The day of this writing is a sad day for me. After ten years, the online service for the Wii and DS has shut down, leaving behind over 250 titles that lost some sort of functionality. Despite a few pointless hurdles like friend codes, the Nintendo Wi-Fi Connection started with Mario Kart DS and was a good free service that brought me thousands or hours of entertainment. I still played its games all the way up to its very last day, and I will miss all the good times had. It was a bit tough to narrow some of these down, but here are the ten games that I will remember the most fondly.
Best described as “MMO-lite,” Monster Hunter skips all the small-time questing and focuses on only the hugest of the huge. Basically an eternal boss rush, the game pits up to four players against large monsters who are as fierce as they are ugly. Although the game was a real drag at times, especially during the beginning when more gathering needed to be done, taking down that tough hideous monstrosity that almost made me its lunch could be an exciting and satisfying experience. I actually wasn't very into the game itself, but huntin' and chattin' with the myriad of different folks, laughing, smashing, crying together made it all worthwhile.
Phantasy Star 0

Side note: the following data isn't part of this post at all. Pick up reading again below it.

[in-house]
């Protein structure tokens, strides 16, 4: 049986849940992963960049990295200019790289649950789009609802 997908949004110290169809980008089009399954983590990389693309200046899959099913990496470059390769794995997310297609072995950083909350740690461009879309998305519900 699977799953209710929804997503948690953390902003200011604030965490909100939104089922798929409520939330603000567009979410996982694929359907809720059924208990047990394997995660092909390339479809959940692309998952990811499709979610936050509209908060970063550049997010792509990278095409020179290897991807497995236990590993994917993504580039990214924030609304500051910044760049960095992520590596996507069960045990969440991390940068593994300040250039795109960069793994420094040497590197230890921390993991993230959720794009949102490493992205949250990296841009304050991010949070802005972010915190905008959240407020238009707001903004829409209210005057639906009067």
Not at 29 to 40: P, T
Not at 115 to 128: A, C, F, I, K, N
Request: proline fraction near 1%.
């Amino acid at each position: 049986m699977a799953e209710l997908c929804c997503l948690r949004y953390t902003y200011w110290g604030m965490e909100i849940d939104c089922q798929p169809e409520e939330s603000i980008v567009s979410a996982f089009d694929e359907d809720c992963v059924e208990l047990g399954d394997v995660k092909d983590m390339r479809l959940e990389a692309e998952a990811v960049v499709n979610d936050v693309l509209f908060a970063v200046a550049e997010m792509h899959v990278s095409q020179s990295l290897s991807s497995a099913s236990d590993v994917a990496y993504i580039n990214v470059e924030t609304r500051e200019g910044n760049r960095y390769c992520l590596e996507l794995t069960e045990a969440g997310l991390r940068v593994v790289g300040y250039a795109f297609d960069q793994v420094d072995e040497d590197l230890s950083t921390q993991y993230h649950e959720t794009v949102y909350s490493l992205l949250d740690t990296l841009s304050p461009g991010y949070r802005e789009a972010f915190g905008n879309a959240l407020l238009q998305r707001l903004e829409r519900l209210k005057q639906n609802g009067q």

Another sort of “MMO-lite,” this game has players fighting through small-time enemies in randomly-generated areas as they make their way to the big bad. This action-RPG had some design issues, like very small windows of opportunity to dodge strong attacks, but it was still fun enough to play through with a friend. Like the areas, the equipment found was partially randomly-generated as well, making for a wide variety of loot. Unfortunately, armour didn't change the appearance of a character, so there wasn't any fun found in outfitting them.
It might seem a bit like cheating to have not one, not even two, but three games as one entry, but the reason for it is that the online portion is the exact same for all three, and all three could link up with one another. Although Diamond and Pearl were the first to bring the Pokémon series online and were a good start, these three games brought it to the next level by including the Battle Frontier, which is by far the most fun thing about Pokémon. In it, there were five different modes in which to team up with a friend and tackle all the hardcore trainers. As every match was a double battle, planning with my teammate was vital, ensuring that our moves compliment each other and don't cause any hindrances, and I had a lot of fun doing so. Combined with the usual trading and battling options made it the complete package.
The Conduit certainly falls short when compared to the best of the genre, but it offered enough differences to make its twelve-player online worthwhile. Using weapon sets instead of loadouts gave it an old-school charm, as well as other key differences like no sprint button and no ADS. Although it had an XP system with level ups, they didn't unlock anything and were just for show, which was fine with me. It's just a shame that it didn't function all that well. It took minutes to get into a match, and things could lag pretty badly, to the point where opponents are killed 10-15 seconds after they're shot. It was fun when it worked though, and I had a few good private matches as well.
Call of Duty Black Ops